Inventory and review of the Mio–Pleistocene São Jorge flora (Madeira Island, Portugal): palaeoecological and biogeographical implications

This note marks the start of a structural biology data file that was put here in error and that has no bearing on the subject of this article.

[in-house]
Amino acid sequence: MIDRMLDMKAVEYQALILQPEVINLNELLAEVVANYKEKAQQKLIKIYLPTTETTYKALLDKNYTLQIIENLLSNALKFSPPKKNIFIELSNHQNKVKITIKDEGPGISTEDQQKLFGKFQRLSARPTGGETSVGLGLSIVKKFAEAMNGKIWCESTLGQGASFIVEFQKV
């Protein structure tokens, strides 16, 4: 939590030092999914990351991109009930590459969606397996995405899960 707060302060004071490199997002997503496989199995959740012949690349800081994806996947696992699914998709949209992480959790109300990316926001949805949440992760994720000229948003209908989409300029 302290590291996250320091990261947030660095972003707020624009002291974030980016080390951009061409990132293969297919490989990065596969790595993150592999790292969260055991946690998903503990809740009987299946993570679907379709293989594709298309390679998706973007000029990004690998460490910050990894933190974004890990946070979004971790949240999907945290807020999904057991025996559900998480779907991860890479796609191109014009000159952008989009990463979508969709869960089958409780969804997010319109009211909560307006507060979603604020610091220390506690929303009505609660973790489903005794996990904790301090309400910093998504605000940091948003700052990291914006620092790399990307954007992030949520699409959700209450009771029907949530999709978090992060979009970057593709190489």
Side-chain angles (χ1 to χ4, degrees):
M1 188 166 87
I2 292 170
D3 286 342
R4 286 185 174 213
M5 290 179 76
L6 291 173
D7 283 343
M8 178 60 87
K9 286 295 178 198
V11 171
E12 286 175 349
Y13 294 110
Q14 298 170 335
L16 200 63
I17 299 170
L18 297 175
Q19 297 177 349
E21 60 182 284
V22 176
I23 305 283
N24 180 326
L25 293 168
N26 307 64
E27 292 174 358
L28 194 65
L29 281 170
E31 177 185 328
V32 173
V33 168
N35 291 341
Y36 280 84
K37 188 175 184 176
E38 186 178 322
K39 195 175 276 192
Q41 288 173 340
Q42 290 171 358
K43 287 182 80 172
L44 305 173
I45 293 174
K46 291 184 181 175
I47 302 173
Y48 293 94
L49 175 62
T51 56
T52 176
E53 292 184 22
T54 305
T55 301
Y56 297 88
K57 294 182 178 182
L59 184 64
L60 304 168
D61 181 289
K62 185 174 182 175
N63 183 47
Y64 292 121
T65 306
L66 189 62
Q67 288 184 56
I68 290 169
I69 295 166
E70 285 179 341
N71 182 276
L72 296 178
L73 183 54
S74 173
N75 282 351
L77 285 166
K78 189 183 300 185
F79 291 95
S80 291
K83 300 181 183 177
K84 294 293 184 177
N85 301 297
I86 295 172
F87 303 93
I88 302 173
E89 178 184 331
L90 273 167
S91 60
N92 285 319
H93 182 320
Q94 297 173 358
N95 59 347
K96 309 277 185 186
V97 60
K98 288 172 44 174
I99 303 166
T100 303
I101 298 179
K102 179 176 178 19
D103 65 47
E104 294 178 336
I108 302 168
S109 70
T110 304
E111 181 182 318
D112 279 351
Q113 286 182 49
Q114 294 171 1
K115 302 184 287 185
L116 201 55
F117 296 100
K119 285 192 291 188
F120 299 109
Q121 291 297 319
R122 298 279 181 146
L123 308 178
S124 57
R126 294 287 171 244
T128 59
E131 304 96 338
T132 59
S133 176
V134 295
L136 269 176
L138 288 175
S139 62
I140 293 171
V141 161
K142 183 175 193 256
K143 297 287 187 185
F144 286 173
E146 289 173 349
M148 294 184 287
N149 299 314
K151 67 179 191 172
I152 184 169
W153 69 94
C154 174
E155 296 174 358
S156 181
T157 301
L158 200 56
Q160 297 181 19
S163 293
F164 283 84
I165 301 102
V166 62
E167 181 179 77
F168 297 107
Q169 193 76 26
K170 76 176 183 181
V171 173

<p>The occurrence of plant fossils on Madeira Island has been known since the mid-nineteenth century. Charles Lyell and George Hartung discovered a leaf bed rich in Lauraceae and fern fossils at São Jorge in 1854. The determinations were controversial but a full review was never performed. Here we propose possible geological settings for the fossiliferous outcrop, and present an inventory and a systematic review of the surviving specimens of the São Jorge macroflora. The São Jorge leaf bed no longer outcrops due to a landslide in 1865. It was possible to establish the two alternative volcano-stratigraphical settings in the sedimentary intercalations from the Middle Volcanic Complex, ranging in age from 7 to 1.8 Ma. The descriptions of Heer (<a href="#cit0036" target="_blank">1857</a>), Bunbury (<a href="#cit0013" target="_blank">1859</a>) and Hartung & Mayer (<a href="#cit0032" target="_blank">1864</a>) are reviewed based on 82 surviving specimens. From the initial 37 taxa, we recognize only 20: <i>Osmunda</i> sp., <i>Pteridium aquilinum</i>, <i>Asplenium</i> cf. <i>onopteris</i>, aff. <i>Asplenium</i>, cf. <i>Polystichum</i>, cf. <i>Davallia</i>, <i>Woodwardia radicans</i>, Filicopsida gen. et sp. indet. 1 and 2, <i>Ocotea foetens</i>, <i>Salix</i> sp., <i>Erica arborea</i>, cf. <i>Vaccinium</i>, <i>Rubus</i> sp, cf. <i>Myrtus</i>, Magnoliopsida gen. et sp. indet. 1 to 3, Liliopsida gen. et sp. indet. 1. Magnoliopsida gen. et sp. indet. 4 is based on one previously undescribed flower or fruit. The floristic composition of the São Jorge fossils resembles the current floristic association of temperate stink laurel (<i>Ocotea foetens</i>) forest, suggesting a warm and humid palaeoclimate and indicating that laurel forests were present in Macaronesia at least since the Gelasian, a time when the palaeotropical geofloral elements were almost extinct in Europe.</p>